Should Apple license out some of its patents?

Discussion in 'iPhone' started by PracticalMac, Jan 16, 2012.

  1. PracticalMac macrumors 68030

    PracticalMac

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    #1
  2. Interstella5555 macrumors 603

    Interstella5555

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    Jun 30, 2008
    #2
    They have $76 billion cash on hand...how could this possibly be hurting them?
     
  3. Applejuiced macrumors Westmere

    Applejuiced

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    #3
    Exactly.
    I'm sure they're not hurting for money to do that.
     
  4. SporkLover macrumors 6502

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    #4
    Since Apple has cash on hand it is obvious they don't need to for another revenue stream, but the point one of the article is that they should because if they don't their competitors will just work around their patents, so they lose their value. With Apple going to war with their patent folio, they also open themselves up to litigation as well.... sapping their resources (albeit they have plenty).

    I personally think that the patent laws are sadly behind the times and that many patents out there are so sadly generic that many companies (apple included) don't deserve the some of the patents they have.

    One of the ones that dumbfounded me was the won the Apple won against HTC...... it had to do with the OS parsing information and software being able to take appropriate actions. The way it was written was so non-specific it really meant nothing and was soooo broad. So now HTC must find a new way to make addresses clickable links for GPS, Phone numbers clickable element so you can call..... etc...
     
  5. psonice macrumors 6502a

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    #5
    This argument is incredibly flawed. The value to apple is the fact that competitors *do* work around them. Simple illustration: Say apple owned a patent on touch screens. Competitors can work around that, by dropping the touch screen and having lots of buttons. The iPhone becomes the best phone available by default, dominates the top end of the market, apple charge a premium of $200 per phone and make a ton of money. Or: They license it, the iPhone gets lost in a sea of similar devices, sells a lot less and only gets a premium of $50, but they get $5 for every android device sold.

    Obviously they don't have such a patent, but they do have a *lot* of small but important patents. They could license the lot for a small fee, or they can keep those many small features. It's the many small features that make the phone great as much as the few big ones - this is what will keep the iPhone distinctive and 'better'.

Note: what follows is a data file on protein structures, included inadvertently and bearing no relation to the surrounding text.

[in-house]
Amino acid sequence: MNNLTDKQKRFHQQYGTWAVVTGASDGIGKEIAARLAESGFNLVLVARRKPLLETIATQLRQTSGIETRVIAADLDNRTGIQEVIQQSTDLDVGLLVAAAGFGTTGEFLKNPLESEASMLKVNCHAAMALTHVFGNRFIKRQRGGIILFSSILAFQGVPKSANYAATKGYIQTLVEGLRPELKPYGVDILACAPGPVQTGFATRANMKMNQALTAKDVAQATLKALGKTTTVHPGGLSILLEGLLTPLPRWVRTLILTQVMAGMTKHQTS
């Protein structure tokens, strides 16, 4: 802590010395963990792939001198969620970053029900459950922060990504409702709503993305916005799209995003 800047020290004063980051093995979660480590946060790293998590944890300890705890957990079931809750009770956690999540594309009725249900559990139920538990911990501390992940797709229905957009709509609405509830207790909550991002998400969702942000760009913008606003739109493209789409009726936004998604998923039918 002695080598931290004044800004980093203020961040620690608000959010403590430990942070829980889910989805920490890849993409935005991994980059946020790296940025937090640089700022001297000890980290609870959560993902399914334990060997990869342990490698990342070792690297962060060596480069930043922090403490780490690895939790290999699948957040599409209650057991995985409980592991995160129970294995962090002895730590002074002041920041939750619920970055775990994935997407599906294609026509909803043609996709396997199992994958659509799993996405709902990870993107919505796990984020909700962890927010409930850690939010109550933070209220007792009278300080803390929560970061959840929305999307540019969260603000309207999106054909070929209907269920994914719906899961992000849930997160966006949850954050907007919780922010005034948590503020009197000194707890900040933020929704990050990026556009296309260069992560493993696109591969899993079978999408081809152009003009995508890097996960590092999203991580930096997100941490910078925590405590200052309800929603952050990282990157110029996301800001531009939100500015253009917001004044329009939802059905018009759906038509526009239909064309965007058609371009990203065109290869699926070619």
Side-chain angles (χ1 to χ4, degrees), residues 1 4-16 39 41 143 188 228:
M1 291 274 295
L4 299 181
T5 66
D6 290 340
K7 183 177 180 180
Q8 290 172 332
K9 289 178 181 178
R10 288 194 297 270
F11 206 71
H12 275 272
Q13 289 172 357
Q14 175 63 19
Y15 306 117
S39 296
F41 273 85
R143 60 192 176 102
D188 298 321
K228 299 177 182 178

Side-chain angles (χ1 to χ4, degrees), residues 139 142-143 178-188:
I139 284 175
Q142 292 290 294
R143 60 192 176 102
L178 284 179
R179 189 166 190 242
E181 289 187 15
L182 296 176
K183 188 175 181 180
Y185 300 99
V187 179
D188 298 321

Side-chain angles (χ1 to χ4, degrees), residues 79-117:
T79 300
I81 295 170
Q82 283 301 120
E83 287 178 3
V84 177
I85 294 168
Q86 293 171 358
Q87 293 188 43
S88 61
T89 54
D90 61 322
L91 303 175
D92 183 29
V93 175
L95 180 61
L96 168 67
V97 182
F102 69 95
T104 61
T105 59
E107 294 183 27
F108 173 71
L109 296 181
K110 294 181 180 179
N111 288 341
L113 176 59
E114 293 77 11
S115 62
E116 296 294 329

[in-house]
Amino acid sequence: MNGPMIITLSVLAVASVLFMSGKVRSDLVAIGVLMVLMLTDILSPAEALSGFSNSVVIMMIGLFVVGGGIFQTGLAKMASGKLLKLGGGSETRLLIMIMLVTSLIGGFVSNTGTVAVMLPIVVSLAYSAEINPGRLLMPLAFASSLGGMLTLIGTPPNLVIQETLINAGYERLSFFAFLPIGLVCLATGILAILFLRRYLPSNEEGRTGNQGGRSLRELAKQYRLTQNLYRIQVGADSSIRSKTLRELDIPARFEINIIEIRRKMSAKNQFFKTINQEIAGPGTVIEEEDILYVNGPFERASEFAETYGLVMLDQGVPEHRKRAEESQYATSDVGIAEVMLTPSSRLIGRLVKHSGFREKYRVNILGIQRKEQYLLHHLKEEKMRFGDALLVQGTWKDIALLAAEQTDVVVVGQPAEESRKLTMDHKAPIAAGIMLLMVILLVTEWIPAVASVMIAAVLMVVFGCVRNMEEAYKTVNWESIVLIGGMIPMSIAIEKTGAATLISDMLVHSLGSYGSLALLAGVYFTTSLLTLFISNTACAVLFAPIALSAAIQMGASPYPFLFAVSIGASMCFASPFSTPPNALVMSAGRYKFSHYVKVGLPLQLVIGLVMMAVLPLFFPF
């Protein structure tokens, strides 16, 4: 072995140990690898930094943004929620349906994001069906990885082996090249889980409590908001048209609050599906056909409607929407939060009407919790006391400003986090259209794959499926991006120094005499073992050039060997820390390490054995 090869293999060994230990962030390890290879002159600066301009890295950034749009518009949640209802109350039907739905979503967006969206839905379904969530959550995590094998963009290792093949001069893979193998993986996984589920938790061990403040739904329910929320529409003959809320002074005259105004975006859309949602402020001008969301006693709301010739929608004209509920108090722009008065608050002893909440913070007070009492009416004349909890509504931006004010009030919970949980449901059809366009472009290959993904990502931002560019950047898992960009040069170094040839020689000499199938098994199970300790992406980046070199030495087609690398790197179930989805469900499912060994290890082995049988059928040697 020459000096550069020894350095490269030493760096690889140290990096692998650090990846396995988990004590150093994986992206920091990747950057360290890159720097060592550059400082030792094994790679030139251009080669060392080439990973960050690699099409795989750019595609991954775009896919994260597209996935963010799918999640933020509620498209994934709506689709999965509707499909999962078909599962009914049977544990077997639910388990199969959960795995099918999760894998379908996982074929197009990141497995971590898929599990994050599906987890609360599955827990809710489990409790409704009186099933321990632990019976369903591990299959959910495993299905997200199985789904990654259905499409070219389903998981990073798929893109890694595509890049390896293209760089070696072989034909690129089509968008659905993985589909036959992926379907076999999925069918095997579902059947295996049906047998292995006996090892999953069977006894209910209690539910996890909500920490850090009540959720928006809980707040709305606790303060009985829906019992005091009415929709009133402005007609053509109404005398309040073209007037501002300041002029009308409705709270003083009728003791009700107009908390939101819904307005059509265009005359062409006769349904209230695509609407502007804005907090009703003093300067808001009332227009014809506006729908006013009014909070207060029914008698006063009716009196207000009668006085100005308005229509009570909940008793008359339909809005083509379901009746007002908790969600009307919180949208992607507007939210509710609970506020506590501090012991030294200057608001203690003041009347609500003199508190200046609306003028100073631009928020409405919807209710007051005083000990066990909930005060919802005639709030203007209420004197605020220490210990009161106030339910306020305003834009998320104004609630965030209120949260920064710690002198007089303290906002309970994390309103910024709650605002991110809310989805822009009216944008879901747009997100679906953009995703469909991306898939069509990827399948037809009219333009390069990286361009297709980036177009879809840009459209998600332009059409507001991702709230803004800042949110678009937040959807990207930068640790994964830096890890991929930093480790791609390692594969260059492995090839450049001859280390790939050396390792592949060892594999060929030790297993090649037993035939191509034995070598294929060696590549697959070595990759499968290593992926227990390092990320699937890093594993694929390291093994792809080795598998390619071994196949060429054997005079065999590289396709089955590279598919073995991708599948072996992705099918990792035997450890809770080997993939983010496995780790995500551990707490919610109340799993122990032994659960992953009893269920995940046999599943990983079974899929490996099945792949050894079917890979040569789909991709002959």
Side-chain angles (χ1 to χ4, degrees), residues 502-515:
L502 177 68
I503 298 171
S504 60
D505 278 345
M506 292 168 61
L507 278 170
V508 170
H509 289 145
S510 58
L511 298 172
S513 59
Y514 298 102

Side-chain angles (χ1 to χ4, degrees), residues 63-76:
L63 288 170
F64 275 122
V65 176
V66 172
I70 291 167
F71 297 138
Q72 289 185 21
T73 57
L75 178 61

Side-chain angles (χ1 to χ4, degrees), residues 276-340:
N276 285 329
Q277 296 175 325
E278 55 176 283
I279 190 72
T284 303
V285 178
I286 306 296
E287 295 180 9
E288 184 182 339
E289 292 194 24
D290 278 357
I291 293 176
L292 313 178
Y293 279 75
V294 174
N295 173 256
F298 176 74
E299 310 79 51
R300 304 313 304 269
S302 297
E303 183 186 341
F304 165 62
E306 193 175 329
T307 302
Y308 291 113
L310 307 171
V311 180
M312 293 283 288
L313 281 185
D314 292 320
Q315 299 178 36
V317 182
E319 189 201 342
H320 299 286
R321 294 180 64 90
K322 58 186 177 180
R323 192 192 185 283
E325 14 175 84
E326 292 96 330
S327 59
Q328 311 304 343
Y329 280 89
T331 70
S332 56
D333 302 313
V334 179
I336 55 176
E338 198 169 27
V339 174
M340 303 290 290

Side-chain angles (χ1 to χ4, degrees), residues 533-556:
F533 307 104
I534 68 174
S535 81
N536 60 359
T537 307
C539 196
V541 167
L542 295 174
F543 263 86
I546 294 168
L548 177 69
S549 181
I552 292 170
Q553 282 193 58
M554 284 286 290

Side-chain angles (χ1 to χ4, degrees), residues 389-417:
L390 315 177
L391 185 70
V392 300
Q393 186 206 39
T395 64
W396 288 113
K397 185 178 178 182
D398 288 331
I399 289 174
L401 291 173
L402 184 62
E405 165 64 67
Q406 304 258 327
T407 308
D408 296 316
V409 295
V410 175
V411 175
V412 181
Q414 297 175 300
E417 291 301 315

Totally agree that the patent system is seriously screwed, but maybe not in the way you think it is. Take that patent you mention: back when that was invented, it actually was a new concept, nobody had done it before, and nobody had thought of it. Back then a web page was just a page of text with a few images, and links that had to be specified in the page. Apple's engineers realised that you could scan this for certain bits of info like addresses, phone numbers, dates etc., and offer additional options. That was pretty clever, and they went ahead and built it into products back then too. (And yes, it does have to be non-specific, because there are so many kinds of data you can detect like this). This is a good patent.

    If you want to know why the patent system is screwed (particularly in the US) take this example: You patent something to do with websites. Doesn't matter what, anything that gets through the patent system is fine, even if it's worthless as a patent. Next, find some small businesses and sue them for patent infringement. They haven't infringed it, but who cares? If they want to fight it, it'll cost $50,000 just to get started. The actual court case is likely to cost $1m+. It's a small business, they don't have the money - so they have a choice of a) paying you or b) bankruptcy. (If you want to see this in action, search for 'Lodsys' - they target lots of small app developers.)
     
  6. PracticalMac thread starter macrumors 68030

    PracticalMac

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    #6
    Sometimes being nice or accommodating is better then all the money in the world.
    Public perception.

    Apple is starting to be seen as Microsoft, an EVIL MEGA COMPANY, and one can spend billions in advertising to counter that.
     
  7. Interstella5555 macrumors 603

    Interstella5555

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    Jun 30, 2008
    #7
    You're right, they only have $52 billion on hand!!!! But let's get back to reality here, there's nothing to motivate MS or Apple to be "nice" or "considerate." they run businesses in capitalist societies, they're there to make money, not to be nice to each other. As other posters have said, why would Apple license, say, magsafe so everyone else can sell it? They developed it, they're known for it, so what's the reason to sell it? Or OS X on any computer? Sure, the fact that hardware/software being built for each other is one of the things that makes Apple great, but hey, it would help Dell sell computers, so they should probably go for it.
     
  8. PracticalMac thread starter macrumors 68030

    PracticalMac

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    Houston, TX
    #8
    Read my post, please.

    It's not about playing nice, but playing safe. Certain low value techs license out, key ones keep to self.

    Perception is Apple is not a greedy no share company, but one who will play ball if the money is right.
     

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